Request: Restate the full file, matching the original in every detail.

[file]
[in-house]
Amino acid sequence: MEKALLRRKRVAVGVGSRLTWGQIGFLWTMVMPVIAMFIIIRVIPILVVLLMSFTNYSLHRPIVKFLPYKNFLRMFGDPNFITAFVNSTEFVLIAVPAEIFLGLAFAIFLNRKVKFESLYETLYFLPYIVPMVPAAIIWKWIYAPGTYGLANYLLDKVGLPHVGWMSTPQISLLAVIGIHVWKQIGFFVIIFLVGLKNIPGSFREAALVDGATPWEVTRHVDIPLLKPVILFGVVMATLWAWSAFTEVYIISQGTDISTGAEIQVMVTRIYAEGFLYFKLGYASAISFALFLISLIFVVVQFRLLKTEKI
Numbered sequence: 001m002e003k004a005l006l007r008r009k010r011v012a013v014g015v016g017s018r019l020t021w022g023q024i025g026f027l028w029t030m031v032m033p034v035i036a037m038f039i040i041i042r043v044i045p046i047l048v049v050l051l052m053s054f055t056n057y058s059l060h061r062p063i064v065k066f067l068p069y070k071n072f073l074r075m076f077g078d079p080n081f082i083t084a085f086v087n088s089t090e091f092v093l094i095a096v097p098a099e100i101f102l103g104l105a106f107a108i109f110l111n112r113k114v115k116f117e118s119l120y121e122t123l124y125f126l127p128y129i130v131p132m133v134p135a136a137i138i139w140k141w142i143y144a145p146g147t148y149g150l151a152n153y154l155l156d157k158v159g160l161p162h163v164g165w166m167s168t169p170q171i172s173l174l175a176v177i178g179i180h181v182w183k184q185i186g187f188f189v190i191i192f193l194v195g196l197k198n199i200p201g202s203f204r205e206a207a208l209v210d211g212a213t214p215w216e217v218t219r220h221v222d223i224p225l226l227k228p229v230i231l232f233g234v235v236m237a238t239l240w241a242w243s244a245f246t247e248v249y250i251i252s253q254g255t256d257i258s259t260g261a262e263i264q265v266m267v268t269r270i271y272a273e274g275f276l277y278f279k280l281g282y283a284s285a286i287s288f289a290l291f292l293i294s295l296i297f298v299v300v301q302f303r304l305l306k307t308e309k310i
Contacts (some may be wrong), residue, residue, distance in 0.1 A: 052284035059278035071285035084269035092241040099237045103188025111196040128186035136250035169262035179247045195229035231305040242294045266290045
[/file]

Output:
[in-house]
Amino acid sequence: MEKALLRRKRVAVGVGSRLTWGQIGFLWTMVMPVIAMFIIIRVIPILVVLLMSFTNYSLHRPIVKFLPYKNFLRMFGDPNFITAFVNSTEFVLIAVPAEIFLGLAFAIFLNRKVKFESLYETLYFLPYIVPMVPAAIIWKWIYAPGTYGLANYLLDKVGLPHVGWMSTPQISLLAVIGIHVWKQIGFFVIIFLVGLKNIPGSFREAALVDGATPWEVTRHVDIPLLKPVILFGVVMATLWAWSAFTEVYIISQGTDISTGAEIQVMVTRIYAEGFLYFKLGYASAISFALFLISLIFVVVQFRLLKTEKI
Numbered sequence: 001m002e003k004a005l006l007r008r009k010r011v012a013v014g015v016g017s018r019l020t021w022g023q024i025g026f027l028w029t030m031v032m033p034v035i036a037m038f039i040i041i042r043v044i045p046i047l048v049v050l051l052m053s054f055t056n057y058s059l060h061r062p063i064v065k066f067l068p069y070k071n072f073l074r075m076f077g078d079p080n081f082i083t084a085f086v087n088s089t090e091f092v093l094i095a096v097p098a099e100i101f102l103g104l105a106f107a108i109f110l111n112r113k114v115k116f117e118s119l120y121e122t123l124y125f126l127p128y129i130v131p132m133v134p135a136a137i138i139w140k141w142i143y144a145p146g147t148y149g150l151a152n153y154l155l156d157k158v159g160l161p162h163v164g165w166m167s168t169p170q171i172s173l174l175a176v177i178g179i180h181v182w183k184q185i186g187f188f189v190i191i192f193l194v195g196l197k198n199i200p201g202s203f204r205e206a207a208l209v210d211g212a213t214p215w216e217v218t219r220h221v222d223i224p225l226l227k228p229v230i231l232f233g234v235v236m237a238t239l240w241a242w243s244a245f246t247e248v249y250i251i252s253q254g255t256d257i258s259t260g261a262e263i264q265v266m267v268t269r270i271y272a273e274g275f276l277y278f279k280l281g282y283a284s285a286i287s288f289a290l291f292l293i294s295l296i297f298v299v300v301q302f303r304l305l306k307t308e309k310i
Contacts (some may be wrong), residue, residue, distance in 0.1 A: 052284035059278035071285035084269035092241040099237045103188025111196040128186035136250035169262035179247045195229035231305040242294045266290045